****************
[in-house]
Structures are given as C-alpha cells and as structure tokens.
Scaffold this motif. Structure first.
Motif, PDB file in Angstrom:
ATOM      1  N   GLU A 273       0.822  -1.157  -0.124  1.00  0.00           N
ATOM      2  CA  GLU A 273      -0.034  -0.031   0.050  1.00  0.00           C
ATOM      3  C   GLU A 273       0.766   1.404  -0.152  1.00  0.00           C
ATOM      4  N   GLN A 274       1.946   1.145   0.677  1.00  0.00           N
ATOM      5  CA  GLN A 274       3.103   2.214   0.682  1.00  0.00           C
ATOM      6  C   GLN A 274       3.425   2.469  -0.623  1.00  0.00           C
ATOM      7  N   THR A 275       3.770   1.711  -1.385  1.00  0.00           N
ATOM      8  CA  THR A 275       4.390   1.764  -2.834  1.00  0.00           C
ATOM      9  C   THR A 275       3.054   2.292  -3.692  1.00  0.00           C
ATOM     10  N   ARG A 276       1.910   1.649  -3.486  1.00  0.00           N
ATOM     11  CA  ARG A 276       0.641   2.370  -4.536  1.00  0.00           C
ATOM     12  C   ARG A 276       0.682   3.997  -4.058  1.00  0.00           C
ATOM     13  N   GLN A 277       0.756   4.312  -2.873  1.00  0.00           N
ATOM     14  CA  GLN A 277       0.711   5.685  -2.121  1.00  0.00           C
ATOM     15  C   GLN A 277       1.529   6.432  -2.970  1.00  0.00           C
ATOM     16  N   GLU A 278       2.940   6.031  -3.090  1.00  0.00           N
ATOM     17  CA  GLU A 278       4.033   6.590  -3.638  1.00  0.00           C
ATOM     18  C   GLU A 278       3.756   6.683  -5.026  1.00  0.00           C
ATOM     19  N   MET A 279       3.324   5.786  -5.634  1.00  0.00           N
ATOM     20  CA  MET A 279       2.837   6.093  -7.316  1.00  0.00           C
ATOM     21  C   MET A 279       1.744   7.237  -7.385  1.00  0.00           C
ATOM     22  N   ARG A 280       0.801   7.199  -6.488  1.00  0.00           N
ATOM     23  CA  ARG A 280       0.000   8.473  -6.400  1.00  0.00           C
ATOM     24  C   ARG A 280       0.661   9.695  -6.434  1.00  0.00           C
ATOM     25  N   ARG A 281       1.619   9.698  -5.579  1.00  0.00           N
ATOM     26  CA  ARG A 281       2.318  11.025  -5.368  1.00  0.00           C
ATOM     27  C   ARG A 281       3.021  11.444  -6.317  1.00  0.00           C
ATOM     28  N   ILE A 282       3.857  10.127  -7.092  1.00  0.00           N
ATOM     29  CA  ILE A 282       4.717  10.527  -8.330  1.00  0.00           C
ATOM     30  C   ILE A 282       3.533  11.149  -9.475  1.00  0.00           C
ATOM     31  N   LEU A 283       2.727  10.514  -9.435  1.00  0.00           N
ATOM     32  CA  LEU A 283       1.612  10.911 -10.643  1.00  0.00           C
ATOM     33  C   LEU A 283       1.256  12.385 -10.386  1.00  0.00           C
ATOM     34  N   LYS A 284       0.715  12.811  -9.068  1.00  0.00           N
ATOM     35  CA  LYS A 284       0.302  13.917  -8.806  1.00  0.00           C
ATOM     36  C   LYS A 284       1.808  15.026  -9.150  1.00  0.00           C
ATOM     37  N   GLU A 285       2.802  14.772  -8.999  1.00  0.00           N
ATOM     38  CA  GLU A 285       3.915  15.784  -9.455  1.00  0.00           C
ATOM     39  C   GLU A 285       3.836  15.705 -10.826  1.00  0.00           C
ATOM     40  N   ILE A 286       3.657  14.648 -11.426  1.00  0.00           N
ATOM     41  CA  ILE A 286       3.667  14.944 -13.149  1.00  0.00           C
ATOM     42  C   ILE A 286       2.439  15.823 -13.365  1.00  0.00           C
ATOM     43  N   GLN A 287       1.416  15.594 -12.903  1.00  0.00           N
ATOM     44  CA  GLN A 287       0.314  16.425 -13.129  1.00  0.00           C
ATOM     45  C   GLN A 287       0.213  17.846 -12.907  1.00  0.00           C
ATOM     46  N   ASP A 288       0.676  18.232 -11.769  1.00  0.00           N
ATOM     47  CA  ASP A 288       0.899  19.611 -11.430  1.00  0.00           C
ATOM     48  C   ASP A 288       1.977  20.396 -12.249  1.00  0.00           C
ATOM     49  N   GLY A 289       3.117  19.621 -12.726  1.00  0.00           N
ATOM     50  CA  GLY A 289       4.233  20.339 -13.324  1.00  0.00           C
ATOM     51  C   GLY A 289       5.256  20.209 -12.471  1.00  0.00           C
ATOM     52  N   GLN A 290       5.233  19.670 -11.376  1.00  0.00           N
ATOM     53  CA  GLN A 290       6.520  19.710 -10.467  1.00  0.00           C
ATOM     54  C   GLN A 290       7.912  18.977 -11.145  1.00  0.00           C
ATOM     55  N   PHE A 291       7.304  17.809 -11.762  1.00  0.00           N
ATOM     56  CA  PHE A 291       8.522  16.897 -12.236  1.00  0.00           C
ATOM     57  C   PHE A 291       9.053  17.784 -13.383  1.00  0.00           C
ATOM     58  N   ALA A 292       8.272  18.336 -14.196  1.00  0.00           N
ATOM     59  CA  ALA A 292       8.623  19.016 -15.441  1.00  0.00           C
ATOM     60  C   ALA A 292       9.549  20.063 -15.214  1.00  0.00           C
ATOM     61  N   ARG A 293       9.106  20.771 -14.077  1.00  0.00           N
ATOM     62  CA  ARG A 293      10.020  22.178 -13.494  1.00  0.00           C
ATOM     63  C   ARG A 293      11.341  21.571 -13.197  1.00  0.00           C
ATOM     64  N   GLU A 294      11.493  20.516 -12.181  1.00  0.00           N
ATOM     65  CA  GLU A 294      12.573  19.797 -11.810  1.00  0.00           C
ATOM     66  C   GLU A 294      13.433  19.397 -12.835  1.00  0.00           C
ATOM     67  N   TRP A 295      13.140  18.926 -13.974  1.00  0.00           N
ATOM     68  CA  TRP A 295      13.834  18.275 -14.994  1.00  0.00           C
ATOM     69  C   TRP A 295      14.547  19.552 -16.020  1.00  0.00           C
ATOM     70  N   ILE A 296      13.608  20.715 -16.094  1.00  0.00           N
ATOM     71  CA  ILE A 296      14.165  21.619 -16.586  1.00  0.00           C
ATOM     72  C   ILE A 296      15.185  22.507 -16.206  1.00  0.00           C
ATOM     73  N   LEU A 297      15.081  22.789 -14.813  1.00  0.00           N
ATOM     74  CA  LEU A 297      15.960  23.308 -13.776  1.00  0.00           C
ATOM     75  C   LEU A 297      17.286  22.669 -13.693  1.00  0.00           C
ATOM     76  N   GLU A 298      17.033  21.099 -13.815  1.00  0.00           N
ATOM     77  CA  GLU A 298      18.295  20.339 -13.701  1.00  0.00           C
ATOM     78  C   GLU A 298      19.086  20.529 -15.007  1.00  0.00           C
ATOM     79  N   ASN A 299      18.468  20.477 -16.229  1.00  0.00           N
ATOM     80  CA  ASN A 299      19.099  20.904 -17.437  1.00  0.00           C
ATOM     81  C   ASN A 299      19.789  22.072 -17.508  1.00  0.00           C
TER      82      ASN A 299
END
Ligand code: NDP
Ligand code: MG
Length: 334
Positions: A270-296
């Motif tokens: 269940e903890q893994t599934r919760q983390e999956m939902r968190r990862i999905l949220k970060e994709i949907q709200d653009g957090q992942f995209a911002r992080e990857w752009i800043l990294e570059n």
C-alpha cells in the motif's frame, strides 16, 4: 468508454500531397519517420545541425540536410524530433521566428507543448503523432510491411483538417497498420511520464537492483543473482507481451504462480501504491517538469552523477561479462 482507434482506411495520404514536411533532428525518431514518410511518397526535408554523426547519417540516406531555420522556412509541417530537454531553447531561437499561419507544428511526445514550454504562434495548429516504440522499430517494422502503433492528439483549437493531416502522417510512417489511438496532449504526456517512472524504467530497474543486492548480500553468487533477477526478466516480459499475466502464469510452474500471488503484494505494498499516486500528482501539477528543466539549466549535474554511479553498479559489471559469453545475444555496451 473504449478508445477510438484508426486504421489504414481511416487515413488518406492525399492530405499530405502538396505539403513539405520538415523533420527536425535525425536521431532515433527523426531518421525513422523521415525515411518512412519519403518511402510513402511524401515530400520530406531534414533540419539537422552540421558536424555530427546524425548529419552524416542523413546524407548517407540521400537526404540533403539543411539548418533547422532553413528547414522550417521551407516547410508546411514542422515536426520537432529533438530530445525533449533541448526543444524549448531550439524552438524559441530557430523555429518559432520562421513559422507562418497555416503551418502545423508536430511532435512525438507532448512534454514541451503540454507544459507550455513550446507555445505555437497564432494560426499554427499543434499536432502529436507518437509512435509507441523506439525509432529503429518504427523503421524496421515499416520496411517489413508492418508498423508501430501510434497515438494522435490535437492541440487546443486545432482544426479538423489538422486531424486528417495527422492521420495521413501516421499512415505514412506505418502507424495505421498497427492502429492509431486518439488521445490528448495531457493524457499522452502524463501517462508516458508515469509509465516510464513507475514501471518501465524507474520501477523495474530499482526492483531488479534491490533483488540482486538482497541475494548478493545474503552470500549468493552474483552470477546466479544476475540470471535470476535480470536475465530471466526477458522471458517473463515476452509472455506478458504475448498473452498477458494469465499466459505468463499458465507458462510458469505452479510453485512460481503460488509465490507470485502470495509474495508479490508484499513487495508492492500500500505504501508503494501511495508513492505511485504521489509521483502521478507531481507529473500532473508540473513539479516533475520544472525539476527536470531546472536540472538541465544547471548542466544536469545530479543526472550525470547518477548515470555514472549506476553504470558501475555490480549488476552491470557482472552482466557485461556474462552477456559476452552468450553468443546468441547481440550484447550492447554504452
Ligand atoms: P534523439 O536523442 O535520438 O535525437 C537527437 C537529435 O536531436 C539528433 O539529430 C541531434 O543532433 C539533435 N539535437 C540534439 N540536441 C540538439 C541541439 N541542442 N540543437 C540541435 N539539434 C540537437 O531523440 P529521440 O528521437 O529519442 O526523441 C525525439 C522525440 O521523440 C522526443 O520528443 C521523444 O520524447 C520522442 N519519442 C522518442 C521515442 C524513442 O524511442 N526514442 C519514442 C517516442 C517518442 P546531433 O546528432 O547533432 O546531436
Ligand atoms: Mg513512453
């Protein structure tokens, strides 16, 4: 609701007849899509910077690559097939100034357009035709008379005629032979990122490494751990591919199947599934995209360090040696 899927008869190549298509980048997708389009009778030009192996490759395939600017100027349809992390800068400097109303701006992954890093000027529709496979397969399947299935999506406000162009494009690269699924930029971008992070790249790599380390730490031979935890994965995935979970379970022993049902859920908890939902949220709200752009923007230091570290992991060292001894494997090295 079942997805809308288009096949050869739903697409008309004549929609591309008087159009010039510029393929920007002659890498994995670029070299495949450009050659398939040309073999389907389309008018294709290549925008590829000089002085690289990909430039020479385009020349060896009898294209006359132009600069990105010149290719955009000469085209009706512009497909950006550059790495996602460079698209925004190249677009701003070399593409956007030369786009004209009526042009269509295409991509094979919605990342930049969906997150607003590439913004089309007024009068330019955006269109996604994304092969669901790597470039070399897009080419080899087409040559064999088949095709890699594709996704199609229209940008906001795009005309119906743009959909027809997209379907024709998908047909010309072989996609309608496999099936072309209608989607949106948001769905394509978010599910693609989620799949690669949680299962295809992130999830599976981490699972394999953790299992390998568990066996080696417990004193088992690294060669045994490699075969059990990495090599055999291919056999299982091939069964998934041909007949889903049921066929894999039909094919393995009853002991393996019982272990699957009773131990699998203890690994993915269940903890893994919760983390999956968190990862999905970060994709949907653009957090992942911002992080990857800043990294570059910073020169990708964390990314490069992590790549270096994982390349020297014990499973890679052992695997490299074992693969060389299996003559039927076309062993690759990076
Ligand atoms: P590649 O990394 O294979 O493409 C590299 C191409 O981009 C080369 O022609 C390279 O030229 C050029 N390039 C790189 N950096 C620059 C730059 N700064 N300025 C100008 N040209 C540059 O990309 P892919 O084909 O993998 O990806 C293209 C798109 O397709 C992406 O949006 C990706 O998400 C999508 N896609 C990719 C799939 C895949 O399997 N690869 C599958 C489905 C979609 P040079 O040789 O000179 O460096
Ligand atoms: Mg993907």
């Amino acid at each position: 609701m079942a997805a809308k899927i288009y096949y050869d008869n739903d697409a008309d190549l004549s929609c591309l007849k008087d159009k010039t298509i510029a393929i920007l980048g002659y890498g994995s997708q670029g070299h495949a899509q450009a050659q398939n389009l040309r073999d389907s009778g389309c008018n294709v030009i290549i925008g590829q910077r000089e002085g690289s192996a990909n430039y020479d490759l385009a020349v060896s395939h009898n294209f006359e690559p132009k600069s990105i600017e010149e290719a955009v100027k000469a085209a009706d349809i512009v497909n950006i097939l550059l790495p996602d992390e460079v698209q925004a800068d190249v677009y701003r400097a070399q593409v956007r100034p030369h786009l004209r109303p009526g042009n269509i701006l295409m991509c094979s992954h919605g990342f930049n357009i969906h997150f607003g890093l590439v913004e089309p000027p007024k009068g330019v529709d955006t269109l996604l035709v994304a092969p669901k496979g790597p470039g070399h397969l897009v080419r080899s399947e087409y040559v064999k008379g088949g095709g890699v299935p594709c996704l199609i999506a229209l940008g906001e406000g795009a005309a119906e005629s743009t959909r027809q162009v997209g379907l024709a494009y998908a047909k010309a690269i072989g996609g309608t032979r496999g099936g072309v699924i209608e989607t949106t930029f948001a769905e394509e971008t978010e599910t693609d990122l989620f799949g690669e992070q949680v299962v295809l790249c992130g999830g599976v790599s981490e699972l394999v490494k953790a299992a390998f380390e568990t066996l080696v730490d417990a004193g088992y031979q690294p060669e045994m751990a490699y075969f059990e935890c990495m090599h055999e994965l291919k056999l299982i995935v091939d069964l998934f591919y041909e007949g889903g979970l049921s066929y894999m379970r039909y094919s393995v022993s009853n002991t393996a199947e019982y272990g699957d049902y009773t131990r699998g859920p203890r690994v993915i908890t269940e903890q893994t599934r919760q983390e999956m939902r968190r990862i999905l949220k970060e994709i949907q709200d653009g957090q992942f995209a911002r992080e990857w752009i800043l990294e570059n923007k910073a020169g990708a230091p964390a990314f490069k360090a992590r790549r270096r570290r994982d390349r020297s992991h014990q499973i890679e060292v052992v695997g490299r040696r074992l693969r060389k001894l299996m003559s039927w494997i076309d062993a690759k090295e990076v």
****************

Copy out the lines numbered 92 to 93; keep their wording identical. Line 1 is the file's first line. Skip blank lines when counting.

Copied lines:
């Motif tokens: 269940e903890q893994t599934r919760q983390e999956m939902r968190r990862i999905l949220k970060e994709i949907q709200d653009g957090q992942f995209a911002r992080e990857w752009i800043l990294e570059n």
C-alpha cells in the motif's frame, strides 16, 4: 468508454500531397519517420545541425540536410524530433521566428507543448503523432510491411483538417497498420511520464537492483543473482507481451504462480501504491517538469552523477561479462 482507434482506411495520404514536411533532428525518431514518410511518397526535408554523426547519417540516406531555420522556412509541417530537454531553447531561437499561419507544428511526445514550454504562434495548429516504440522499430517494422502503433492528439483549437493531416502522417510512417489511438496532449504526456517512472524504467530497474543486492548480500553468487533477477526478466516480459499475466502464469510452474500471488503484494505494498499516486500528482501539477528543466539549466549535474554511479553498479559489471559469453545475444555496451 473504449478508445477510438484508426486504421489504414481511416487515413488518406492525399492530405499530405502538396505539403513539405520538415523533420527536425535525425536521431532515433527523426531518421525513422523521415525515411518512412519519403518511402510513402511524401515530400520530406531534414533540419539537422552540421558536424555530427546524425548529419552524416542523413546524407548517407540521400537526404540533403539543411539548418533547422532553413528547414522550417521551407516547410508546411514542422515536426520537432529533438530530445525533449533541448526543444524549448531550439524552438524559441530557430523555429518559432520562421513559422507562418497555416503551418502545423508536430511532435512525438507532448512534454514541451503540454507544459507550455513550446507555445505555437497564432494560426499554427499543434499536432502529436507518437509512435509507441523506439525509432529503429518504427523503421524496421515499416520496411517489413508492418508498423508501430501510434497515438494522435490535437492541440487546443486545432482544426479538423489538422486531424486528417495527422492521420495521413501516421499512415505514412506505418502507424495505421498497427492502429492509431486518439488521445490528448495531457493524457499522452502524463501517462508516458508515469509509465516510464513507475514501471518501465524507474520501477523495474530499482526492483531488479534491490533483488540482486538482497541475494548478493545474503552470500549468493552474483552470477546466479544476475540470471535470476535480470536475465530471466526477458522471458517473463515476452509472455506478458504475448498473452498477458494469465499466459505468463499458465507458462510458469505452479510453485512460481503460488509465490507470485502470495509474495508479490508484499513487495508492492500500500505504501508503494501511495508513492505511485504521489509521483502521478507531481507529473500532473508540473513539479516533475520544472525539476527536470531546472536540472538541465544547471548542466544536469545530479543526472550525470547518477548515470555514472549506476553504470558501475555490480549488476552491470557482472552482466557485461556474462552477456559476452552468450553468443546468441547481440550484447550492447554504452